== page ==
Shearer, who has written extensively on Hindu and Buddhist philosophy, provides a fascinating chronology of the changing attitudes towards yoga in the West. To the Victorians, Indian holy men were held to be objects either of reproval – the emaciated yogi lying on a bed of nails provided the perfect illustration of the perceived laziness and moral turpitude of the native Indian, in stark contrast to the doctrine of “Muscular Christianity” served up by the social reformer and evangelist Charles Kingsley, whose recipe for moral improvement was a cold morning bath – or of a kind of appalled amusement.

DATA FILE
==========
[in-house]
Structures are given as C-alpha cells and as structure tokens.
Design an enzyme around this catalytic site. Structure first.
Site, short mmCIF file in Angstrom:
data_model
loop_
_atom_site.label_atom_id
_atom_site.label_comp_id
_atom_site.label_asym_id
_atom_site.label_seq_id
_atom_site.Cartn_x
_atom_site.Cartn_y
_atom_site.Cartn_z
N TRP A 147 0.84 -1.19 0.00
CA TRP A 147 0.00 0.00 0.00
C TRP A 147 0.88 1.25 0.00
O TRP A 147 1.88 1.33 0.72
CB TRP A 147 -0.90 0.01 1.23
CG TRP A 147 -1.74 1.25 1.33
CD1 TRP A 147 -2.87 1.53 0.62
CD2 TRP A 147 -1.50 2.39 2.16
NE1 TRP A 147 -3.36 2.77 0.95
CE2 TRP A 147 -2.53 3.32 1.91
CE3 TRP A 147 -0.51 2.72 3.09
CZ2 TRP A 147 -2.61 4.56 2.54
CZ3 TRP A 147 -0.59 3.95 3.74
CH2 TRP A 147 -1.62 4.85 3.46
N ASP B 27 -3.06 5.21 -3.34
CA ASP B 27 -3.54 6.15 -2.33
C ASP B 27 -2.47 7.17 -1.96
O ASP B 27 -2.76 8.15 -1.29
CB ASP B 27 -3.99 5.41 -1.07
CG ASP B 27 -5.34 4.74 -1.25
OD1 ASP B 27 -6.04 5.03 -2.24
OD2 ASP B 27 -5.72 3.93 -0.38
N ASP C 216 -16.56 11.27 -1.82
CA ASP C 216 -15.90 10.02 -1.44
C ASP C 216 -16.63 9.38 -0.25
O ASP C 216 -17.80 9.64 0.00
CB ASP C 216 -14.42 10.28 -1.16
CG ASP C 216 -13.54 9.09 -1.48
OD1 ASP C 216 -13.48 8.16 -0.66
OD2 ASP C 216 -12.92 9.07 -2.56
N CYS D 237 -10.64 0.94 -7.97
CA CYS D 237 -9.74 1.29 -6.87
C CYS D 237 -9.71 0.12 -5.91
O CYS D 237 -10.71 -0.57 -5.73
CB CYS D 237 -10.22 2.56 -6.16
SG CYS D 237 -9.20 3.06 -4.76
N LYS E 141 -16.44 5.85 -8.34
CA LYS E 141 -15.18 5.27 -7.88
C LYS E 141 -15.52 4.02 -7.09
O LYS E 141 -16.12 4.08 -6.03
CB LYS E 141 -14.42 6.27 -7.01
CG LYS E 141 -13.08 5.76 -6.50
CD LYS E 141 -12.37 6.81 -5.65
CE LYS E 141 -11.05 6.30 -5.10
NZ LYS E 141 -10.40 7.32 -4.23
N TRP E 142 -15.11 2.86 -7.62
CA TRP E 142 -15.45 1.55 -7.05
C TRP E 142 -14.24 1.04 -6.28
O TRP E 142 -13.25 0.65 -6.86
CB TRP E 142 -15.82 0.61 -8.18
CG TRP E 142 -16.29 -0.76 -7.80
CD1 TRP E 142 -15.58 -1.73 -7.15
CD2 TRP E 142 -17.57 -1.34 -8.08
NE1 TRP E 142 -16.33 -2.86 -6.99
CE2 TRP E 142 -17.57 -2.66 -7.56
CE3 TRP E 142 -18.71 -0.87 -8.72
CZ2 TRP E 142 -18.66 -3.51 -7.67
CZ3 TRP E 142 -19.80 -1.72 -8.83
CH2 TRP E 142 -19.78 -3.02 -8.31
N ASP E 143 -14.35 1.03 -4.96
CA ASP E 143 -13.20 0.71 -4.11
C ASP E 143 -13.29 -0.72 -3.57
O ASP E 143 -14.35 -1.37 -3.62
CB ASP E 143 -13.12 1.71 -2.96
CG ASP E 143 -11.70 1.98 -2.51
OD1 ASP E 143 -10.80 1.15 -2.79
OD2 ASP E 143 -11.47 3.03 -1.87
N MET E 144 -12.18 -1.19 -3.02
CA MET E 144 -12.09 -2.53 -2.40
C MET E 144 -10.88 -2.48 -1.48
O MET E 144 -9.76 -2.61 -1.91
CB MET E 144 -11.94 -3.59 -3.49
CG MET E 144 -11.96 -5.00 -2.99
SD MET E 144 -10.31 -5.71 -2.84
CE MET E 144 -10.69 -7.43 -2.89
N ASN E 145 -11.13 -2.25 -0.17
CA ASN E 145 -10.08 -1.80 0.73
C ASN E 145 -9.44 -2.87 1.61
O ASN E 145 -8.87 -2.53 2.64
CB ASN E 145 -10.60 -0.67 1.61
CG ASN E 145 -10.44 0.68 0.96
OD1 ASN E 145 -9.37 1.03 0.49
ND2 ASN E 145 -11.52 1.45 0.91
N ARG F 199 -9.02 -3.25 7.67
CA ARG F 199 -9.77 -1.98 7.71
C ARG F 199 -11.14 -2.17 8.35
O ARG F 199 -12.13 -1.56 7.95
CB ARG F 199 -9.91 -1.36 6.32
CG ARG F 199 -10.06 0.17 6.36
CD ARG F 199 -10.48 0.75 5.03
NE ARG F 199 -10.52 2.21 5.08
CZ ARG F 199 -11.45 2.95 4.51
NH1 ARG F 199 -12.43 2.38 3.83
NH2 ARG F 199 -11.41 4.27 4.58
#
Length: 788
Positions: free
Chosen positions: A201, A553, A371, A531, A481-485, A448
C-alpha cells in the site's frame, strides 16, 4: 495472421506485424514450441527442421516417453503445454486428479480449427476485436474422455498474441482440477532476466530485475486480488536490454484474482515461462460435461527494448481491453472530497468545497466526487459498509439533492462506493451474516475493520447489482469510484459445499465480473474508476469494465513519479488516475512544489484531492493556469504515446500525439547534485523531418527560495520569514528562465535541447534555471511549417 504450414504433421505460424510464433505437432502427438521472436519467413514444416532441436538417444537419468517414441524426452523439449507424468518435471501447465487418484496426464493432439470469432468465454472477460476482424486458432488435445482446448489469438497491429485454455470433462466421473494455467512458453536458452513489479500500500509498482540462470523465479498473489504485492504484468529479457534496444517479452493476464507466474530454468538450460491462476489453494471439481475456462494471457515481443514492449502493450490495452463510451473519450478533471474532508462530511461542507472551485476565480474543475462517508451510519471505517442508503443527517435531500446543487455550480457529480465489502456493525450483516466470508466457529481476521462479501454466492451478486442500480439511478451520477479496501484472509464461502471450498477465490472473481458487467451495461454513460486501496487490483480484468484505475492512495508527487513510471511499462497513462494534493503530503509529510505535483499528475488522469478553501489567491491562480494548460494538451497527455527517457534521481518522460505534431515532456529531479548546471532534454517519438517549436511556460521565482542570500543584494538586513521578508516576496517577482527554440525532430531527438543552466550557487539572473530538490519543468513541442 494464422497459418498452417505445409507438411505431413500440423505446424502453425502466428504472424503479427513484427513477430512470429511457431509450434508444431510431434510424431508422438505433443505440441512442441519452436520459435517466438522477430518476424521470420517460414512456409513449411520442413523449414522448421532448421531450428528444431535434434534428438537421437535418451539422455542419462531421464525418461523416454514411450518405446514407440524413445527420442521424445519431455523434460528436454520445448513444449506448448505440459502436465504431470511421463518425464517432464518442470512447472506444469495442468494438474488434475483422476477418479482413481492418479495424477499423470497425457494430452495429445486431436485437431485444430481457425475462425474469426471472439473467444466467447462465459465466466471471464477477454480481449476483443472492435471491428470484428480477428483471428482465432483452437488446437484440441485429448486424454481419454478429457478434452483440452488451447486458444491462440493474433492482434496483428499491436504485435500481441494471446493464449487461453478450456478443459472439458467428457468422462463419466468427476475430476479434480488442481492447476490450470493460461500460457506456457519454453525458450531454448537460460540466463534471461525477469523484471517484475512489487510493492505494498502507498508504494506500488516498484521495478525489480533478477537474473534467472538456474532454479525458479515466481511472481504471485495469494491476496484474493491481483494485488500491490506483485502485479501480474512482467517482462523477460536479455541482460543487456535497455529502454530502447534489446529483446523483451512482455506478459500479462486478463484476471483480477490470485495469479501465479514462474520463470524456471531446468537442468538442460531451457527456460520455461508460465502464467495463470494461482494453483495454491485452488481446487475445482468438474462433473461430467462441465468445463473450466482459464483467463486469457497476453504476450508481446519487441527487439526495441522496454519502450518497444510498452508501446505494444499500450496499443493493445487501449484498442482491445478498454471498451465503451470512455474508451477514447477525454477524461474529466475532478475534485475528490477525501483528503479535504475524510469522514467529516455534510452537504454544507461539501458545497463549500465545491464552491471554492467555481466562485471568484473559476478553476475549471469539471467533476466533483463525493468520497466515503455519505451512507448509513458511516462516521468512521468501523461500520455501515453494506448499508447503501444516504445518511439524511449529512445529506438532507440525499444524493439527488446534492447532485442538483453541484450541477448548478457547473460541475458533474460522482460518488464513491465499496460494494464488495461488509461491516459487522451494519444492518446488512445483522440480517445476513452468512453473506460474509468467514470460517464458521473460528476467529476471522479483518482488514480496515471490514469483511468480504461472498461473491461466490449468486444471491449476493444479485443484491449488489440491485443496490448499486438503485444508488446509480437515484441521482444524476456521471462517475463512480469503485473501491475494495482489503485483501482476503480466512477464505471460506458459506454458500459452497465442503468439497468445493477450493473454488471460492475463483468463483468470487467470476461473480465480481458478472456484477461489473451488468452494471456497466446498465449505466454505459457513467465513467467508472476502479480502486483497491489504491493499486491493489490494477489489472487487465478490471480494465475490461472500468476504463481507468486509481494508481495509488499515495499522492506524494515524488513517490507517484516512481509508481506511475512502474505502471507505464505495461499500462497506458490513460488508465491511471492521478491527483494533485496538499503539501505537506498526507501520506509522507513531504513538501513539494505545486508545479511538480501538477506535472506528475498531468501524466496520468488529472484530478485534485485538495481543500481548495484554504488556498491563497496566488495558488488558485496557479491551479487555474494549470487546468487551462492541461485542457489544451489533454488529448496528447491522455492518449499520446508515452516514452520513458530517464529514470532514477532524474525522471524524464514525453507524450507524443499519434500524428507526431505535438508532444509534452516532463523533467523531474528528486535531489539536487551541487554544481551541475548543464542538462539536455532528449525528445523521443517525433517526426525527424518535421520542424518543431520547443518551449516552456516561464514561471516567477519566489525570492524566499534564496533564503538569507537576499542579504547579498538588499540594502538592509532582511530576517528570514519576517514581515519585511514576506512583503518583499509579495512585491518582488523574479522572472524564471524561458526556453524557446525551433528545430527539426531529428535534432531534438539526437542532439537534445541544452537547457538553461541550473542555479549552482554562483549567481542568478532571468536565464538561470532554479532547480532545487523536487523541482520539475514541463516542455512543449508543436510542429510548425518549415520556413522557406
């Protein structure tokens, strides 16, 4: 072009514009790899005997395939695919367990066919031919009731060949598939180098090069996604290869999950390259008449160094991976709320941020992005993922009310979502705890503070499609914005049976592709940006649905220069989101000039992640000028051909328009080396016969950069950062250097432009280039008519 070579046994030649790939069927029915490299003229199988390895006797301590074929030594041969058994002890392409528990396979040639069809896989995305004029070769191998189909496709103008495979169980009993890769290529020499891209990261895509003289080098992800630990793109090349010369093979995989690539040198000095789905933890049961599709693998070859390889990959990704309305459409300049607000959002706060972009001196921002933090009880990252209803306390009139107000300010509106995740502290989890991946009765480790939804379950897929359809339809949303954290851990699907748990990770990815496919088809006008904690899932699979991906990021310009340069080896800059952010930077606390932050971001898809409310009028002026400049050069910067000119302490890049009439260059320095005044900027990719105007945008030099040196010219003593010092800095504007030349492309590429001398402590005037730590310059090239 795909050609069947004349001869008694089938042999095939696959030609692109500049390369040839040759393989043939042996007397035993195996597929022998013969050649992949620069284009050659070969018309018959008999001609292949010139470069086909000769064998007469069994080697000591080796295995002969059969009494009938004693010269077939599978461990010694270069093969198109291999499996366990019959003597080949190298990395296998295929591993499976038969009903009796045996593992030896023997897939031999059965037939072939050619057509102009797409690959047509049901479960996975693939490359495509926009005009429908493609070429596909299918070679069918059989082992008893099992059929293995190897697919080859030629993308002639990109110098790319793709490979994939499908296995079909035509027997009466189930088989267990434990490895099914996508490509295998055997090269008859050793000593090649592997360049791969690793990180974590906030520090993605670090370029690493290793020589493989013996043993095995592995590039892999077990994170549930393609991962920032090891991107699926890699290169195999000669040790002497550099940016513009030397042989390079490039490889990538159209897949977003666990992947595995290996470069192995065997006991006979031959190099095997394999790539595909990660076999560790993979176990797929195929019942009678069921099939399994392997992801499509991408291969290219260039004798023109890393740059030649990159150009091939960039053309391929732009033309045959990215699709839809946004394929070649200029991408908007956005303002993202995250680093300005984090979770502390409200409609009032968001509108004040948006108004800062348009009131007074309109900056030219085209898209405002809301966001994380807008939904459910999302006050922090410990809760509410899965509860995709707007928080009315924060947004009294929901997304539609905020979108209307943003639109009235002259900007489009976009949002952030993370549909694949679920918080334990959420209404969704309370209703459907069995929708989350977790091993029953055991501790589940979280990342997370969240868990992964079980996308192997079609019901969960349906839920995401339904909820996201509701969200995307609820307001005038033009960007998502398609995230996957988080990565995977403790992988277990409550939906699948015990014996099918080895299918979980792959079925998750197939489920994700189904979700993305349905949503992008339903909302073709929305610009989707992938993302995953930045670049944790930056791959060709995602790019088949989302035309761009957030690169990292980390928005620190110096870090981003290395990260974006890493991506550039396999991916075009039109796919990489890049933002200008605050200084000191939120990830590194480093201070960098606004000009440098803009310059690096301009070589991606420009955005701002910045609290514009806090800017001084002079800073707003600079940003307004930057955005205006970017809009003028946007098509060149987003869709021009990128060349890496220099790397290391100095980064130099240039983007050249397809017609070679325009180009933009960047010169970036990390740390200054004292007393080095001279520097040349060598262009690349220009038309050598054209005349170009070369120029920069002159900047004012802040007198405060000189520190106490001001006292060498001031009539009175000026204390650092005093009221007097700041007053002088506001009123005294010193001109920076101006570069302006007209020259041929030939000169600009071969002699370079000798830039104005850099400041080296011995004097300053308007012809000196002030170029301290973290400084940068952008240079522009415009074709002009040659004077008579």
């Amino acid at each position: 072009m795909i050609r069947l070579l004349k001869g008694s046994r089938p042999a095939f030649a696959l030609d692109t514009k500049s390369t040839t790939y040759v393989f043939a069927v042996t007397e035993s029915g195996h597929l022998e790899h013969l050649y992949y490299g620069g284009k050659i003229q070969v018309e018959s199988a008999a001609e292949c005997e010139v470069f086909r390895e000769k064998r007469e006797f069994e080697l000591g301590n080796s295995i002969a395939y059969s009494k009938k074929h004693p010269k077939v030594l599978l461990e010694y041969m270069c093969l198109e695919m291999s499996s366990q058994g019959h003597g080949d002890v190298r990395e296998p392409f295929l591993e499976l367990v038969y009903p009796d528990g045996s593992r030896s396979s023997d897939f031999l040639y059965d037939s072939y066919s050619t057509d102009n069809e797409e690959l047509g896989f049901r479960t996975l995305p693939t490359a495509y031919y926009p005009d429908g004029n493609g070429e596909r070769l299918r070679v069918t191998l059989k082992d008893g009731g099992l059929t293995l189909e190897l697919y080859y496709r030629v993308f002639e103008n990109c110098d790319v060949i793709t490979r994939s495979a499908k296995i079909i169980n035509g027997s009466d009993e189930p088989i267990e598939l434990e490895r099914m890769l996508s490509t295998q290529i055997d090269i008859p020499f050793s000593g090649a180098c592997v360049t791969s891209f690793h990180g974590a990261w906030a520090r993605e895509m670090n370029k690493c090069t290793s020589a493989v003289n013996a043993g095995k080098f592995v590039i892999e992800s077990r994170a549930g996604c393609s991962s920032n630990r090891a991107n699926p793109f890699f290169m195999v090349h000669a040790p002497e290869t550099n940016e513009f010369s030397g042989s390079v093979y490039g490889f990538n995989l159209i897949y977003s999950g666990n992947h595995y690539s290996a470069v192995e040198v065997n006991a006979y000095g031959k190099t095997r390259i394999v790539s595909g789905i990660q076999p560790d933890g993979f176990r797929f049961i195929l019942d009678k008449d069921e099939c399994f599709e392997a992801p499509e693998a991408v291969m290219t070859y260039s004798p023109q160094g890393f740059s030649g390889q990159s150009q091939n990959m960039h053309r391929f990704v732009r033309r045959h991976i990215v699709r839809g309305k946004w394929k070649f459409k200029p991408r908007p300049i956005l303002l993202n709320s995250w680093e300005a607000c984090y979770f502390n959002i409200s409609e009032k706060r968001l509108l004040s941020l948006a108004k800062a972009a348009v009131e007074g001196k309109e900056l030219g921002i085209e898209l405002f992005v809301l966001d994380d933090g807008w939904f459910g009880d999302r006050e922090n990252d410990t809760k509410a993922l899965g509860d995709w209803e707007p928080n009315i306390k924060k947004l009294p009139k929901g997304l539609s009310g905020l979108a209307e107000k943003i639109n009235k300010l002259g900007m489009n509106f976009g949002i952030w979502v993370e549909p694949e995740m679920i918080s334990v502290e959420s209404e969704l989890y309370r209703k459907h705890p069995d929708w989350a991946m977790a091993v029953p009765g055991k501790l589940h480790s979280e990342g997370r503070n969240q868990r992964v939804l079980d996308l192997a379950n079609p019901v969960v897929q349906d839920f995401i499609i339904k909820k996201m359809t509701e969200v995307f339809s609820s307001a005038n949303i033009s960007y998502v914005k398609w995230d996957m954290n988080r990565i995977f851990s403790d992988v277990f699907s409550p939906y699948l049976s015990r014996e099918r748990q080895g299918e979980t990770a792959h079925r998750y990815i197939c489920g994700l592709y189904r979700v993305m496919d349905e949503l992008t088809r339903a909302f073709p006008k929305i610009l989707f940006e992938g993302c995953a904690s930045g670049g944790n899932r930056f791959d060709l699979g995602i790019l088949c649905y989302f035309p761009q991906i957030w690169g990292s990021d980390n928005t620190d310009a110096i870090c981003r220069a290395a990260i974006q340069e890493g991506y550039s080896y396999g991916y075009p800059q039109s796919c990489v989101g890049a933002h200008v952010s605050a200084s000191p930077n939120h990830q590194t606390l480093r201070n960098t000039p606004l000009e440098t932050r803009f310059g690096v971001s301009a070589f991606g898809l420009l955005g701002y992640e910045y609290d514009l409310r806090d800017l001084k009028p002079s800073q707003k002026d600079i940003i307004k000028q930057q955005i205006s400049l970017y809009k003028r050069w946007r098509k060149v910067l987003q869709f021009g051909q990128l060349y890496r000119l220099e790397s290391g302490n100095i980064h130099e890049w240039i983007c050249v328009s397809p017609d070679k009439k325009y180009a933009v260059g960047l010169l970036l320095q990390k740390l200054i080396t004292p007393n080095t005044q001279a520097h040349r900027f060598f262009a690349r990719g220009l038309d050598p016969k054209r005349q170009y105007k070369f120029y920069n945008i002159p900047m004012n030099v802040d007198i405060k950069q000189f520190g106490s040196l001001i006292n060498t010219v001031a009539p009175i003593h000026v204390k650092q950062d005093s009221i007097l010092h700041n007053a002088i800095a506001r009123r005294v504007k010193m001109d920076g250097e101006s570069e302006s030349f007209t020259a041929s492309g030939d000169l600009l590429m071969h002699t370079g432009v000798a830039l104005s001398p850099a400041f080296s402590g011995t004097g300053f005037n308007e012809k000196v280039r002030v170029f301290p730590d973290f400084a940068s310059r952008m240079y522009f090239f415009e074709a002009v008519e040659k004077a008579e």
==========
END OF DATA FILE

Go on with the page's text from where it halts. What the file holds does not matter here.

For me, what this book lacks is humanity. It is not an easy read, either, for those who are not yoga aficionados, due to the liberal sprinkling of jargon. It will be best suited to those who already have the mat and want to understand the cultural context of their exercise class. That is a growing group, though. Nine years ago, The Wall Street Journal claimed that we had reached “peak yoga”, blaming “US materialism, craven gurus and cynical marketers”. The writer was wrong, of course. Yoga’s popularity just kept growing, albeit in a form unrecognisable to its original proponents.